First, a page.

The Emmaus Road narrative also captures the response we long for in the hearts of all who would hear the Gospel. After Jesus had left, the disciples asked one another, “Did not our hearts burn within us while he talked to us on the road, while he opened to us the Scriptures.” We ask God that people would experience that among us a thousand times over as they hear the truth of Christ.
Mile 4 I love that it contains a picture of the three of them sitting at a meal. Food and eating and community are important parts of the Kingdom of God. If you love to eat with friends and family, you’ll love the Kingdom. The whole experience is likened unto a feast. Plus, we long to be a church that takes the sacrament regularly. When we come to the Communion Table, we will do so as one body, seeing Jesus through simple elements like a piece of bread and a small cup. The disciples sat in Emmaus, sharing a meal with Jesus, and as they did, they saw Him.
Mile 5 I love that they “rose that same hour and returned to Jerusalem.” Someone pointed out that the first thing these disciples do after discovering the truth of Jesus is run back to tell others about Him. They walk the 7 miles back to Jerusalem and share the good news of the Risen Christ. Our church must exist for the sake of mission and we are called to respond as these disciples did. We long to be a people who encounter and experience the Gospel and then return to our culture as witnesses of Jesus Christ.
Mile 6 I love that it’s Biblical. Every time you say the name to someone new, you’ll have to have a conversation about what it means and what it’s about. So inevitably, you’ll be engaged in a conversation about the Bible, and more specifically about Jesus. You’ll get to point unchurched, Biblically illiterate people to Jesus with every mention of the name of the church.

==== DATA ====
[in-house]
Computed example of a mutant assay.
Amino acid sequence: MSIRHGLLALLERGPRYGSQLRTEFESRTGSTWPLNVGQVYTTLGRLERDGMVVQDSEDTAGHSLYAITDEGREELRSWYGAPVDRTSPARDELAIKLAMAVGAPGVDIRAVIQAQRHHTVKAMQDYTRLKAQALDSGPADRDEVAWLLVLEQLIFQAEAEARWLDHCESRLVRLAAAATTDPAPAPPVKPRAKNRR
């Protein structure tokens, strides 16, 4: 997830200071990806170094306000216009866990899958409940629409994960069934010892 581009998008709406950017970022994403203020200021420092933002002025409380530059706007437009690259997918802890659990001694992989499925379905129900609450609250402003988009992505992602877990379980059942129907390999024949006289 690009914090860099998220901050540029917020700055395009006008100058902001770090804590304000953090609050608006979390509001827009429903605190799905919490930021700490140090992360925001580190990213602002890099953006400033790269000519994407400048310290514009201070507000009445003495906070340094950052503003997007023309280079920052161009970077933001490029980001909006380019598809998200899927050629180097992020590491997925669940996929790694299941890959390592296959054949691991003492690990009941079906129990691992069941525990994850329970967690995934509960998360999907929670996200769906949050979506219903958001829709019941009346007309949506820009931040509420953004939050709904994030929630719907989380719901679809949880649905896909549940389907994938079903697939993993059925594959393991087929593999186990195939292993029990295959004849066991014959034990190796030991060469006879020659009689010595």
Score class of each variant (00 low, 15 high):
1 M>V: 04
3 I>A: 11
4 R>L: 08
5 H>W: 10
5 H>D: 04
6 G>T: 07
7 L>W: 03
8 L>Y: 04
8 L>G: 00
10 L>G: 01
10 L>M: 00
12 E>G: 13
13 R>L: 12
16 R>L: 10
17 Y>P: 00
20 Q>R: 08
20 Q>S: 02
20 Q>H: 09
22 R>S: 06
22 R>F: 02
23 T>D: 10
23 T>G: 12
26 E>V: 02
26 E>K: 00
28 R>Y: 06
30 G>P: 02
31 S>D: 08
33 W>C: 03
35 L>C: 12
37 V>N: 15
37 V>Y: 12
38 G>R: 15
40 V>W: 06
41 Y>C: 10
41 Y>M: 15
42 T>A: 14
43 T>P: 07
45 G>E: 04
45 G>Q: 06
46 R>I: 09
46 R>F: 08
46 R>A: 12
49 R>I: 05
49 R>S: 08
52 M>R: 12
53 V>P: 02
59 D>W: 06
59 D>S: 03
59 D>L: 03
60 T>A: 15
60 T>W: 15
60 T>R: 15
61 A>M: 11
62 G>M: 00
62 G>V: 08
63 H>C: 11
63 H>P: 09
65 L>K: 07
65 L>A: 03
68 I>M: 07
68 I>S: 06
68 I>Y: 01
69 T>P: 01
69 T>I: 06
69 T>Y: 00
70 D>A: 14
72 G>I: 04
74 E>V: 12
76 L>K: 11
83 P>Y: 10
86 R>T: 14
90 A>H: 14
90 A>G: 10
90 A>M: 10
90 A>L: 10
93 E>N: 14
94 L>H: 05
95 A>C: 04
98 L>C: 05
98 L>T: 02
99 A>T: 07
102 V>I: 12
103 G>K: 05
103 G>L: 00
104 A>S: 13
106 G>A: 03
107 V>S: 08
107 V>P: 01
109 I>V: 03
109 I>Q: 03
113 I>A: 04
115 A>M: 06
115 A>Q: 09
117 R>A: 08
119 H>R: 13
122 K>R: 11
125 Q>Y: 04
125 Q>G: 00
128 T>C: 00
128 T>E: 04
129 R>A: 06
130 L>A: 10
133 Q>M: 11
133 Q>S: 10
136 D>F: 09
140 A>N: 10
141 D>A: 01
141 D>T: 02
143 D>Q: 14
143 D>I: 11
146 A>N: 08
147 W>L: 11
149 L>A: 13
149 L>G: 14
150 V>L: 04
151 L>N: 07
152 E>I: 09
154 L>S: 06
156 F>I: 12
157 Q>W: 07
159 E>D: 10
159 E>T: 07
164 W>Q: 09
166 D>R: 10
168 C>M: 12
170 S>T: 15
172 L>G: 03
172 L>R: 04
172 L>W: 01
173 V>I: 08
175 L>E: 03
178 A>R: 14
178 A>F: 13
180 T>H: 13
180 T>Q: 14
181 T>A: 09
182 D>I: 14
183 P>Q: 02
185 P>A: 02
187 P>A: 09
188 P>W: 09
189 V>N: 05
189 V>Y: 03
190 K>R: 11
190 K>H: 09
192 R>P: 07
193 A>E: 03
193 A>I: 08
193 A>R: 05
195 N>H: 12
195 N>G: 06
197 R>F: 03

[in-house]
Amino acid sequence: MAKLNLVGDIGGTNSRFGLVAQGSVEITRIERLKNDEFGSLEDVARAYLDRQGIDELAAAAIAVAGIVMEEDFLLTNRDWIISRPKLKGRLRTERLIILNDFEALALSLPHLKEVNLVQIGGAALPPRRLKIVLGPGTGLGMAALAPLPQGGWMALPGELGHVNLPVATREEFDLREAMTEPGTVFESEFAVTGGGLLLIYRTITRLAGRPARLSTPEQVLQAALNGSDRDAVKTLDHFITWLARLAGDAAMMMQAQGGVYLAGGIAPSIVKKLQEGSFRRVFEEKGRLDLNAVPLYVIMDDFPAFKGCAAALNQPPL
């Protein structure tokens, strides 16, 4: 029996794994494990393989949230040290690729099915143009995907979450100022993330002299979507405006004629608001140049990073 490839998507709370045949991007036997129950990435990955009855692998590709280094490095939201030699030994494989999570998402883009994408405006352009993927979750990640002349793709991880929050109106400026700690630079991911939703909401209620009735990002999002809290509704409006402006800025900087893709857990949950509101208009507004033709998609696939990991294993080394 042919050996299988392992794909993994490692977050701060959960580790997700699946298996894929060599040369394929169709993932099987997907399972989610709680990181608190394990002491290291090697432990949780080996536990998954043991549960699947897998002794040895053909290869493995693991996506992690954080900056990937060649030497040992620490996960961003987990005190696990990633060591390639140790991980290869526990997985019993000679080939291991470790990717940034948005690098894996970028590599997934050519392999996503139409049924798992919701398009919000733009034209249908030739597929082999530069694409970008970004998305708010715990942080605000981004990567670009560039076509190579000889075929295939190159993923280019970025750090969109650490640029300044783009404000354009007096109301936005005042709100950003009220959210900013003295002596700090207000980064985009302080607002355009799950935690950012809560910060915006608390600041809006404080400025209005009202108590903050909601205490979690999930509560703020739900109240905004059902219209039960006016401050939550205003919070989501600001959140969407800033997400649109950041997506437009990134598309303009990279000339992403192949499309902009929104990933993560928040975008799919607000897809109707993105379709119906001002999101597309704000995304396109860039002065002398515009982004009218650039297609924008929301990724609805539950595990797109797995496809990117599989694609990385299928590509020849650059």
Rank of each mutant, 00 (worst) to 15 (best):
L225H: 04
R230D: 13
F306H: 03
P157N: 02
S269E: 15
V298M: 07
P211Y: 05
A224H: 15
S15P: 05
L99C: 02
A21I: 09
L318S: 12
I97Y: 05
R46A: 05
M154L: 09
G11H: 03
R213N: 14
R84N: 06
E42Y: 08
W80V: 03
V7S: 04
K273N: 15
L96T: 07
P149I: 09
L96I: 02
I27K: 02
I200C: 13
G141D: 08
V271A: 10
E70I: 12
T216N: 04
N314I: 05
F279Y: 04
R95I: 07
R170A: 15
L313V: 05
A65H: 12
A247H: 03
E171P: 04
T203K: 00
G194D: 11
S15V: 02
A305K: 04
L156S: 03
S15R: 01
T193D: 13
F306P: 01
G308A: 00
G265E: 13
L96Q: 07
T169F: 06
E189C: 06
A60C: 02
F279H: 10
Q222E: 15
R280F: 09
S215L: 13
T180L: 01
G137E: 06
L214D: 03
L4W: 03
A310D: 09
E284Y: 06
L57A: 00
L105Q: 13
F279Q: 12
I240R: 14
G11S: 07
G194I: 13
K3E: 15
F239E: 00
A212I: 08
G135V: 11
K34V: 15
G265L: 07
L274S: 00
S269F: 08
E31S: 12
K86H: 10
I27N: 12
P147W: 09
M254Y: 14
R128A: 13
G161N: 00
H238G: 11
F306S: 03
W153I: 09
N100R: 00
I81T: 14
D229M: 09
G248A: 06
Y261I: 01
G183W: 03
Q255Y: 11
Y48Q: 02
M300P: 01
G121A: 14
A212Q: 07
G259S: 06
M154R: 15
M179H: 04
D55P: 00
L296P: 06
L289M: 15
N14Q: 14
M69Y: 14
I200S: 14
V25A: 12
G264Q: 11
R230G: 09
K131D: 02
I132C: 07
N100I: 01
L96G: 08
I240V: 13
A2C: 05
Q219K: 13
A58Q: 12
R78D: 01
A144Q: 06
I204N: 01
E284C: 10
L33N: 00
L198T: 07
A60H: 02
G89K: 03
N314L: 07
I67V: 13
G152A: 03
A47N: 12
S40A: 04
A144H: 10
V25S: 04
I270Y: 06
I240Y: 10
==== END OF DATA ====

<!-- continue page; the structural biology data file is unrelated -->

Mile 7 Plus, in terms of Philly, many second generation Indians resemble the disciples in this story. They know who Jesus is, but they don’t really get it. And so many of the Indians we hope to reach are like these disciples – they’ve got the facts right (Jesus was crucified), but their hearts need to be awakened, their eyes need to be opened. So this story fits like a glove for many of those we hope to connect with.[Reason 7.5 Shainu thought of it!]
I tried to keep that as brief as possible just to whet your appetites and get you to reflect further upon the story as a possible name for the church. Journey, truth, revelation, community, Gospel, Christ-centered, missional – its all there.
So what if the story of that 7 mile road was our story as well. What if we were a church that invited everyone to walk with us – believers, non-believers, seekers, curious, skeptics, opponents, whoever – and discover the truth of Jesus along the way? What if we were a community who shared life and meals together, experiencing Christ through it all? What if we were a people whose hearts burned with the truth of the Gospel and ran back on mission to our culture with the Good News to begin the redemptive cycle all over again?
What if we were called the 7 Mile Road?